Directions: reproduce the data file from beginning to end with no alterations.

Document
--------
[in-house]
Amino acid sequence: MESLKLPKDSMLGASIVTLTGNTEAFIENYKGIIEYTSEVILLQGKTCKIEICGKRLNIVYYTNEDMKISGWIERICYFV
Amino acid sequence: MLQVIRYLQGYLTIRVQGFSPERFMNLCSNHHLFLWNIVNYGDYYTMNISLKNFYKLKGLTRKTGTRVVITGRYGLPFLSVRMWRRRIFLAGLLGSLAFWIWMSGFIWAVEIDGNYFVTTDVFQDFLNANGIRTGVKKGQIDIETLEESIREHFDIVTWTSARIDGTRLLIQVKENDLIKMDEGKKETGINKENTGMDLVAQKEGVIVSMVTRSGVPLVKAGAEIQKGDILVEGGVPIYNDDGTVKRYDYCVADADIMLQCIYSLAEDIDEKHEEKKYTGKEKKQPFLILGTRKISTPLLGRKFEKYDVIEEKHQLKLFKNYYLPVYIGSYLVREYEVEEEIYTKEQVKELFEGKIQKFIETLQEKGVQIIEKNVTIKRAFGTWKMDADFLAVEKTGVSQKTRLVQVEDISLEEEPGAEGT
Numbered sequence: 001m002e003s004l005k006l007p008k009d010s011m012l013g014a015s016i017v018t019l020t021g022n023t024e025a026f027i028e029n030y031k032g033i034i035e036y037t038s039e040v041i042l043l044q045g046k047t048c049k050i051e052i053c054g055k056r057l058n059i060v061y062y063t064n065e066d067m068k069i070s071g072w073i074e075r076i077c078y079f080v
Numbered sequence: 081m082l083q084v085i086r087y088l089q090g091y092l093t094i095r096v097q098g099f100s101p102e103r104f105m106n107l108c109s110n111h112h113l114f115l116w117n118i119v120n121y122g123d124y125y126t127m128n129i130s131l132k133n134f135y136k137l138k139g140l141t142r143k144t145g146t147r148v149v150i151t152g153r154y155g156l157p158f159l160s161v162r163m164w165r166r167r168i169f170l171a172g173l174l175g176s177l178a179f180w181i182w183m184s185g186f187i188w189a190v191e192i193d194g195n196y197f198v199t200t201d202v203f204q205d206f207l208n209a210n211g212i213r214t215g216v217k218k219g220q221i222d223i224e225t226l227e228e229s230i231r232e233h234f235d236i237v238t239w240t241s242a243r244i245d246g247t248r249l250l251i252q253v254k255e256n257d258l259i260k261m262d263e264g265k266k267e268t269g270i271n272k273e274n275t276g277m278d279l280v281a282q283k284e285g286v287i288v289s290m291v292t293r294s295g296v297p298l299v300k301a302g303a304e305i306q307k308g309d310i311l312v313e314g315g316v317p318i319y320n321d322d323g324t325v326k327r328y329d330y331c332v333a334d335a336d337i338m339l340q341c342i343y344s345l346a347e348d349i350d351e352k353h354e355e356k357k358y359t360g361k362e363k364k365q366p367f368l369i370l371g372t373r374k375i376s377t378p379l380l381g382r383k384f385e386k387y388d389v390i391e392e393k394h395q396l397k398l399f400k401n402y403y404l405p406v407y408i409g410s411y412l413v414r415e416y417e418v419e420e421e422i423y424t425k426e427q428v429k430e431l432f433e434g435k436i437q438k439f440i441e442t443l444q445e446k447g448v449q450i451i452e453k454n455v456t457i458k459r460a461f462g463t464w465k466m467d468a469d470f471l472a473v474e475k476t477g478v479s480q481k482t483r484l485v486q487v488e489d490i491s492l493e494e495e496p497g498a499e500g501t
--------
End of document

[in-house]
Amino acid sequence: MESLKLPKDSMLGASIVTLTGNTEAFIENYKGIIEYTSEVILLQGKTCKIEICGKRLNIVYYTNEDMKISGWIERICYFV
Amino acid sequence: MLQVIRYLQGYLTIRVQGFSPERFMNLCSNHHLFLWNIVNYGDYYTMNISLKNFYKLKGLTRKTGTRVVITGRYGLPFLSVRMWRRRIFLAGLLGSLAFWIWMSGFIWAVEIDGNYFVTTDVFQDFLNANGIRTGVKKGQIDIETLEESIREHFDIVTWTSARIDGTRLLIQVKENDLIKMDEGKKETGINKENTGMDLVAQKEGVIVSMVTRSGVPLVKAGAEIQKGDILVEGGVPIYNDDGTVKRYDYCVADADIMLQCIYSLAEDIDEKHEEKKYTGKEKKQPFLILGTRKISTPLLGRKFEKYDVIEEKHQLKLFKNYYLPVYIGSYLVREYEVEEEIYTKEQVKELFEGKIQKFIETLQEKGVQIIEKNVTIKRAFGTWKMDADFLAVEKTGVSQKTRLVQVEDISLEEEPGAEGT
Numbered sequence: 001m002e003s004l005k006l007p008k009d010s011m012l013g014a015s016i017v018t019l020t021g022n023t024e025a026f027i028e029n030y031k032g033i034i035e036y037t038s039e040v041i042l043l044q045g046k047t048c049k050i051e052i053c054g055k056r057l058n059i060v061y062y063t064n065e066d067m068k069i070s071g072w073i074e075r076i077c078y079f080v
Numbered sequence: 081m082l083q084v085i086r087y088l089q090g091y092l093t094i095r096v097q098g099f100s101p102e103r104f105m106n107l108c109s110n111h112h113l114f115l116w117n118i119v120n121y122g123d124y125y126t127m128n129i130s131l132k133n134f135y136k137l138k139g140l141t142r143k144t145g146t147r148v149v150i151t152g153r154y155g156l157p158f159l160s161v162r163m164w165r166r167r168i169f170l171a172g173l174l175g176s177l178a179f180w181i182w183m184s185g186f187i188w189a190v191e192i193d194g195n196y197f198v199t200t201d202v203f204q205d206f207l208n209a210n211g212i213r214t215g216v217k218k219g220q221i222d223i224e225t226l227e228e229s230i231r232e233h234f235d236i237v238t239w240t241s242a243r244i245d246g247t248r249l250l251i252q253v254k255e256n257d258l259i260k261m262d263e264g265k266k267e268t269g270i271n272k273e274n275t276g277m278d279l280v281a282q283k284e285g286v287i288v289s290m291v292t293r294s295g296v297p298l299v300k301a302g303a304e305i306q307k308g309d310i311l312v313e314g315g316v317p318i319y320n321d322d323g324t325v326k327r328y329d330y331c332v333a334d335a336d337i338m339l340q341c342i343y344s345l346a347e348d349i350d351e352k353h354e355e356k357k358y359t360g361k362e363k364k365q366p367f368l369i370l371g372t373r374k375i376s377t378p379l380l381g382r383k384f385e386k387y388d389v390i391e392e393k394h395q396l397k398l399f400k401n402y403y404l405p406v407y408i409g410s411y412l413v414r415e416y417e418v419e420e421e422i423y424t425k426e427q428v429k430e431l432f433e434g435k436i437q438k439f440i441e442t443l444q445e446k447g448v449q450i451i452e453k454n455v456t457i458k459r460a461f462g463t464w465k466m467d468a469d470f471l472a473v474e475k476t477g478v479s480q481k482t483r484l485v486q487v488e489d490i491s492l493e494e495e496p497g498a499e500g501t